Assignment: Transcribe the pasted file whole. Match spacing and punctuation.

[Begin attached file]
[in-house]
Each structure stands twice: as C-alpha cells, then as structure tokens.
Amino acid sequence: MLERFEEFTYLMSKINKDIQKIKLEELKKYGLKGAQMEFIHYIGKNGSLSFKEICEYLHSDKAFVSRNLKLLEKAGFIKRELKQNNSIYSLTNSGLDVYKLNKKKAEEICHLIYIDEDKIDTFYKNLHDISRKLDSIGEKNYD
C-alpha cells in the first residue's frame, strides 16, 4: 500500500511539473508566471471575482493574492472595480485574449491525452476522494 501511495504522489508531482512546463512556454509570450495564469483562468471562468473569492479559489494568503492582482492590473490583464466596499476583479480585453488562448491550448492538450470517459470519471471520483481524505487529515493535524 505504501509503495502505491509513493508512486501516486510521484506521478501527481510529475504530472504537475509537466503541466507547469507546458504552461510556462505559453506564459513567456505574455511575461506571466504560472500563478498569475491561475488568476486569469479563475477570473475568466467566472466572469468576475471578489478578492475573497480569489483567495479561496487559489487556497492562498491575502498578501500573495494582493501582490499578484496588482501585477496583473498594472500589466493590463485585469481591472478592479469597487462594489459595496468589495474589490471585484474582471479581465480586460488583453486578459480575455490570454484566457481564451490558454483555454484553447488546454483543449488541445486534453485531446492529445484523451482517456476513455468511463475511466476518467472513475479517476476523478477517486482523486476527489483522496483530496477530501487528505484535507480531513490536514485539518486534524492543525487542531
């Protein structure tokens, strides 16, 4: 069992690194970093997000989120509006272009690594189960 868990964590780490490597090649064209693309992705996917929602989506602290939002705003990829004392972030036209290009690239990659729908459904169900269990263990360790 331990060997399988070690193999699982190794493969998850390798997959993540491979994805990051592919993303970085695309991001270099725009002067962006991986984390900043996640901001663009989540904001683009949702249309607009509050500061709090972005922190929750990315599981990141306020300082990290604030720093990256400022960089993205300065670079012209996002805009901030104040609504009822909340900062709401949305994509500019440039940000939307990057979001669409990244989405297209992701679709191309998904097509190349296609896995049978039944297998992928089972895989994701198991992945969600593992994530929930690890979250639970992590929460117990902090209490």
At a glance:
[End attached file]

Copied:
[in-house]
Each structure stands twice: as C-alpha cells, then as structure tokens.
Amino acid sequence: MLERFEEFTYLMSKINKDIQKIKLEELKKYGLKGAQMEFIHYIGKNGSLSFKEICEYLHSDKAFVSRNLKLLEKAGFIKRELKQNNSIYSLTNSGLDVYKLNKKKAEEICHLIYIDEDKIDTFYKNLHDISRKLDSIGEKNYD
C-alpha cells in the first residue's frame, strides 16, 4: 500500500511539473508566471471575482493574492472595480485574449491525452476522494 501511495504522489508531482512546463512556454509570450495564469483562468471562468473569492479559489494568503492582482492590473490583464466596499476583479480585453488562448491550448492538450470517459470519471471520483481524505487529515493535524 505504501509503495502505491509513493508512486501516486510521484506521478501527481510529475504530472504537475509537466503541466507547469507546458504552461510556462505559453506564459513567456505574455511575461506571466504560472500563478498569475491561475488568476486569469479563475477570473475568466467566472466572469468576475471578489478578492475573497480569489483567495479561496487559489487556497492562498491575502498578501500573495494582493501582490499578484496588482501585477496583473498594472500589466493590463485585469481591472478592479469597487462594489459595496468589495474589490471585484474582471479581465480586460488583453486578459480575455490570454484566457481564451490558454483555454484553447488546454483543449488541445486534453485531446492529445484523451482517456476513455468511463475511466476518467472513475479517476476523478477517486482523486476527489483522496483530496477530501487528505484535507480531513490536514485539518486534524492543525487542531
């Protein structure tokens, strides 16, 4: 069992690194970093997000989120509006272009690594189960 868990964590780490490597090649064209693309992705996917929602989506602290939002705003990829004392972030036209290009690239990659729908459904169900269990263990360790 331990060997399988070690193999699982190794493969998850390798997959993540491979994805990051592919993303970085695309991001270099725009002067962006991986984390900043996640901001663009989540904001683009949702249309607009509050500061709090972005922190929750990315599981990141306020300082990290604030720093990256400022960089993205300065670079012209996002805009901030104040609504009822909340900062709401949305994509500019440039940000939307990057979001669409990244989405297209992701679709191309998904097509190349296609896995049978039944297998992928089972895989994701198991992945969600593992994530929930690890979250639970992590929460117990902090209490």
At a glance: